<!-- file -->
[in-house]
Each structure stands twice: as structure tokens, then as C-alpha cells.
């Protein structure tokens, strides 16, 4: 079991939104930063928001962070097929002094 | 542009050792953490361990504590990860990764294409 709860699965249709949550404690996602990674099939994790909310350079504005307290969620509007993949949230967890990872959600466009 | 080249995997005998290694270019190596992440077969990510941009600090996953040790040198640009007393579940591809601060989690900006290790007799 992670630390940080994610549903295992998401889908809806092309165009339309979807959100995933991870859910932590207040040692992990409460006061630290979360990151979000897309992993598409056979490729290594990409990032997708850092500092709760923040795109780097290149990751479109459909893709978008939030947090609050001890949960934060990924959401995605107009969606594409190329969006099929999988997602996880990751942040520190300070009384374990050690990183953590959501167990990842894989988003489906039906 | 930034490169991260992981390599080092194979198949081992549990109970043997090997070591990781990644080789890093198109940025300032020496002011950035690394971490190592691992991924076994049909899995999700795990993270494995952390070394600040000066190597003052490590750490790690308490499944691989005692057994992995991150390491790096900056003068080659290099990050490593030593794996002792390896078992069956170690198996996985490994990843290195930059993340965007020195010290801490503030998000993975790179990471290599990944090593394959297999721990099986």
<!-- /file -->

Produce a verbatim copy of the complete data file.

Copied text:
[in-house]
Each structure stands twice: as structure tokens, then as C-alpha cells.
């Protein structure tokens, strides 16, 4: 079991939104930063928001962070097929002094 | 542009050792953490361990504590990860990764294409 709860699965249709949550404690996602990674099939994790909310350079504005307290969620509007993949949230967890990872959600466009 | 080249995997005998290694270019190596992440077969990510941009600090996953040790040198640009007393579940591809601060989690900006290790007799 992670630390940080994610549903295992998401889908809806092309165009339309979807959100995933991870859910932590207040040692992990409460006061630290979360990151979000897309992993598409056979490729290594990409990032997708850092500092709760923040795109780097290149990751479109459909893709978008939030947090609050001890949960934060990924959401995605107009969606594409190329969006099929999988997602996880990751942040520190300070009384374990050690990183953590959501167990990842894989988003489906039906 | 930034490169991260992981390599080092194979198949081992549990109970043997090997070591990781990644080789890093198109940025300032020496002011950035690394971490190592691992991924076994049909899995999700795990993270494995952390070394600040000066190597003052490590750490790690308490499944691989005692057994992995991150390491790096900056003068080659290099990050490593030593794996002792390896078992069956170690198996996985490994990843290195930059993340965007020195010290801490503030998000993975790179990471290599990944090593394959297999721990099986």